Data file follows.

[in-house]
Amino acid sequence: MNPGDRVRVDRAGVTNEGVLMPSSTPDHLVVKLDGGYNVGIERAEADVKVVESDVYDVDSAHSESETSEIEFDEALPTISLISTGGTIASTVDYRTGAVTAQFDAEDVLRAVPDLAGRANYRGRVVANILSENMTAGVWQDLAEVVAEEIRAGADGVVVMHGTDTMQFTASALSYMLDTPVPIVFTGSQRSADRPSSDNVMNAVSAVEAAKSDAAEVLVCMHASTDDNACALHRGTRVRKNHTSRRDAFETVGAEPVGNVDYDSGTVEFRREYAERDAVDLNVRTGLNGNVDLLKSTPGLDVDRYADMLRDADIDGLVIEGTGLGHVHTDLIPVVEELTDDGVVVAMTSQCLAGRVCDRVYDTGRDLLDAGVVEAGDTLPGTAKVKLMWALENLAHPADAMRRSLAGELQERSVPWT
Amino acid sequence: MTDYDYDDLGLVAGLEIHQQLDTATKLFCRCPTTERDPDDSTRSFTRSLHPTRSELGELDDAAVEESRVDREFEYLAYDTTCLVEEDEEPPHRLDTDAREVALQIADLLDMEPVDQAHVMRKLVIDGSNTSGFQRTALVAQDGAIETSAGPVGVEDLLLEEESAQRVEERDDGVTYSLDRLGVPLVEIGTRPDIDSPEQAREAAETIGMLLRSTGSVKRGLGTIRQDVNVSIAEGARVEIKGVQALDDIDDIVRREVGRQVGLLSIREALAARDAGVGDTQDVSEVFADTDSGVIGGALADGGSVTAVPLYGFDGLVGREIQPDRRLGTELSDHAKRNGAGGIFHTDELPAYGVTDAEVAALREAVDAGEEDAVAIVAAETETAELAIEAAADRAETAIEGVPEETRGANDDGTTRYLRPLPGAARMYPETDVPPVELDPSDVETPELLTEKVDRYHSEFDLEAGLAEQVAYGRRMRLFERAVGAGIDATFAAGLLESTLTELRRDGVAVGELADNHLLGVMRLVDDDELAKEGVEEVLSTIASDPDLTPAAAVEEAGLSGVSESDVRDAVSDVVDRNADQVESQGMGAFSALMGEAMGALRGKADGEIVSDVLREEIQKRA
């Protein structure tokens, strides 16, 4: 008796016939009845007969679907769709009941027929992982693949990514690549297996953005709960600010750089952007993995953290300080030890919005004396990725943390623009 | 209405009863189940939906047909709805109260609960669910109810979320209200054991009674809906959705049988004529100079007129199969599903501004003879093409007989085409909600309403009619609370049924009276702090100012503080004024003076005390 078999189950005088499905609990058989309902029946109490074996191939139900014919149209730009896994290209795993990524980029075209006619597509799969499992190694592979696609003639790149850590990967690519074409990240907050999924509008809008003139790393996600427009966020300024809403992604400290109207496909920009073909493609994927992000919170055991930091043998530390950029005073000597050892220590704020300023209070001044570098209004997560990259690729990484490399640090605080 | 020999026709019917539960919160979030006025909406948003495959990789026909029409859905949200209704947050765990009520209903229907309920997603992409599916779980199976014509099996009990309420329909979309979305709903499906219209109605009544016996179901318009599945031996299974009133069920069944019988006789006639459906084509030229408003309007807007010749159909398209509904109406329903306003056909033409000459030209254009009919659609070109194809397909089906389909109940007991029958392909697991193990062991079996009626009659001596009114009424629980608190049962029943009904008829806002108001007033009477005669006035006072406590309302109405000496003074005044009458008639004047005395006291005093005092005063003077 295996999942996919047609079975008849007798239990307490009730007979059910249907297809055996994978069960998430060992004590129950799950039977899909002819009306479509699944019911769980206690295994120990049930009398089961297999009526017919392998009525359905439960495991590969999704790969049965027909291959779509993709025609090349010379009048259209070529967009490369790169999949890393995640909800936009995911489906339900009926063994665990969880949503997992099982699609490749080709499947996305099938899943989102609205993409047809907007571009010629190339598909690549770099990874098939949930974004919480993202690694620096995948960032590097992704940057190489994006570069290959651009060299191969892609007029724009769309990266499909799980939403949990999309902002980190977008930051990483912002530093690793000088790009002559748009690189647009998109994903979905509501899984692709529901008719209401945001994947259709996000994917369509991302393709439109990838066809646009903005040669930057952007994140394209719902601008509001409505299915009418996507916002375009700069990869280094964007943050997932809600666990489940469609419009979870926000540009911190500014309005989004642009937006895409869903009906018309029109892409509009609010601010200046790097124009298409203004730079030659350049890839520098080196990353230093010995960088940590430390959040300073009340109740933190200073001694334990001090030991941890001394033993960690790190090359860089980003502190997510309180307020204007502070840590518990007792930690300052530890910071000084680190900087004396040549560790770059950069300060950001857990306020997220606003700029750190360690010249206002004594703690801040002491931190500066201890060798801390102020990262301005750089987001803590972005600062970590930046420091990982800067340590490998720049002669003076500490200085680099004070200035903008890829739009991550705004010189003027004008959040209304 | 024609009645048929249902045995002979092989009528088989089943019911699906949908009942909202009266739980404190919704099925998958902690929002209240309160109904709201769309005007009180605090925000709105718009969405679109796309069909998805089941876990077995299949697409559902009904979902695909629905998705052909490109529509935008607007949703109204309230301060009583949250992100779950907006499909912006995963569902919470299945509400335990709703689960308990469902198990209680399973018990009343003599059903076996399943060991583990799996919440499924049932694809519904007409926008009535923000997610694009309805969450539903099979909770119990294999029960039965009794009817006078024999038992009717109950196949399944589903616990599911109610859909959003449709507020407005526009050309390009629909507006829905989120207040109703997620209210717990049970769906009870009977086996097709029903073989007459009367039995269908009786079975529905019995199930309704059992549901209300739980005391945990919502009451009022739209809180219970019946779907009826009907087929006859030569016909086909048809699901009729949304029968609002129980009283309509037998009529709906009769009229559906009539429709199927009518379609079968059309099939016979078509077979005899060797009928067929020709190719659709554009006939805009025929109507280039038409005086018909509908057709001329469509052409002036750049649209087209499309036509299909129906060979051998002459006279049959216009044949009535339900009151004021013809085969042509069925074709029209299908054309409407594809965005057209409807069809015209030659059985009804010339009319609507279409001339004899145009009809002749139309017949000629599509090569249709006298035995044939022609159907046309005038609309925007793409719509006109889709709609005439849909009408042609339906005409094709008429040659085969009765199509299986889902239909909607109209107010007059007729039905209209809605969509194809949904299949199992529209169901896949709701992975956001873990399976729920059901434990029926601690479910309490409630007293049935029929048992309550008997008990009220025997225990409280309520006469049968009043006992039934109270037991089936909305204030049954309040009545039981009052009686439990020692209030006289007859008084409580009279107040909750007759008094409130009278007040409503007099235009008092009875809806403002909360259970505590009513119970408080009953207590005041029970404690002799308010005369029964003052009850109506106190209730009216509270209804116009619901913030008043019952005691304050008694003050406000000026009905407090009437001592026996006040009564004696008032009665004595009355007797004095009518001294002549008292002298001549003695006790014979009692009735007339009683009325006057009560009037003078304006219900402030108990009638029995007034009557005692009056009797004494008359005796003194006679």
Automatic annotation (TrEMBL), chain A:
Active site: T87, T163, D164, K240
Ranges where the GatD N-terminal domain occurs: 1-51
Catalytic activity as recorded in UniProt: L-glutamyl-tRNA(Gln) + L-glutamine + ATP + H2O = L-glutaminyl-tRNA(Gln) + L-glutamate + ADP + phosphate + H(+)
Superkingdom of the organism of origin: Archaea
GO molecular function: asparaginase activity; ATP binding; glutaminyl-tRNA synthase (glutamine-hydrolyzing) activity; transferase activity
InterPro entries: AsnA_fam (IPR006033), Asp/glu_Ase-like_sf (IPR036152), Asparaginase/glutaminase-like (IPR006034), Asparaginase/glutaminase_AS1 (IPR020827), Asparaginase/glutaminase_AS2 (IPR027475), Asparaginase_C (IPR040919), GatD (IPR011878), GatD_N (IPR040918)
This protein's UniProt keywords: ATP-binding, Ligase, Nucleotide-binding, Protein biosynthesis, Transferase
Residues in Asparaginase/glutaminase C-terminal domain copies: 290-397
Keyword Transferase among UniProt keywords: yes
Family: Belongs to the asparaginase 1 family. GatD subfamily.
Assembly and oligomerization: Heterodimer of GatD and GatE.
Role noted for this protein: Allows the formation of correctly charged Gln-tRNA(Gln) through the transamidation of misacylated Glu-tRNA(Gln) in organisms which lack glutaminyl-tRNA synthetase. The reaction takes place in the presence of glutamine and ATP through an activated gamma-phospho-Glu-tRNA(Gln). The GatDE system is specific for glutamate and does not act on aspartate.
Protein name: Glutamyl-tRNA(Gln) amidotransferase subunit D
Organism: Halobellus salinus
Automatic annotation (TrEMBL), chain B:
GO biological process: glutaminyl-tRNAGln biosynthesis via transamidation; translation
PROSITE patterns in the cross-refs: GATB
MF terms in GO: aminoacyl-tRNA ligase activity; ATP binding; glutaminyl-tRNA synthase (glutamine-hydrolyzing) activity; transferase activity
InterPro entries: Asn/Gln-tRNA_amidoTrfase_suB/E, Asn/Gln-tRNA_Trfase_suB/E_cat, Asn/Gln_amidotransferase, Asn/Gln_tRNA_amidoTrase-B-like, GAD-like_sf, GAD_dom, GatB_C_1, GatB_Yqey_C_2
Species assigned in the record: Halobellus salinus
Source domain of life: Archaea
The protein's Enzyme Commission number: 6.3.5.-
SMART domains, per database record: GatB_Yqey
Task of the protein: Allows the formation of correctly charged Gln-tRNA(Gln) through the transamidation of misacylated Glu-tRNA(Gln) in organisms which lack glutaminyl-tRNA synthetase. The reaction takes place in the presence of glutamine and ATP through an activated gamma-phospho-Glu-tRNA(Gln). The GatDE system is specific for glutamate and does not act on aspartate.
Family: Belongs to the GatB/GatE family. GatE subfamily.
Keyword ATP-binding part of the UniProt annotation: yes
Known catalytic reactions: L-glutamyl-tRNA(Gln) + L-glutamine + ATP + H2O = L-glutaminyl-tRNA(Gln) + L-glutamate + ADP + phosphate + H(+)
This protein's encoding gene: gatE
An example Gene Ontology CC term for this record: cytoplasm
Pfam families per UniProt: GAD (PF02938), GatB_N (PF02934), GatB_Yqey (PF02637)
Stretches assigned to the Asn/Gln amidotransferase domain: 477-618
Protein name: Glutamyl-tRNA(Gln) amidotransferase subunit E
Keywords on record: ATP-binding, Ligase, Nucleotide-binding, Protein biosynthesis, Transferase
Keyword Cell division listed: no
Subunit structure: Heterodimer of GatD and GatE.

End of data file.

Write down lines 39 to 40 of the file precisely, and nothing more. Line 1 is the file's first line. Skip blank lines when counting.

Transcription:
Keyword Cell division listed: no
Subunit structure: Heterodimer of GatD and GatE.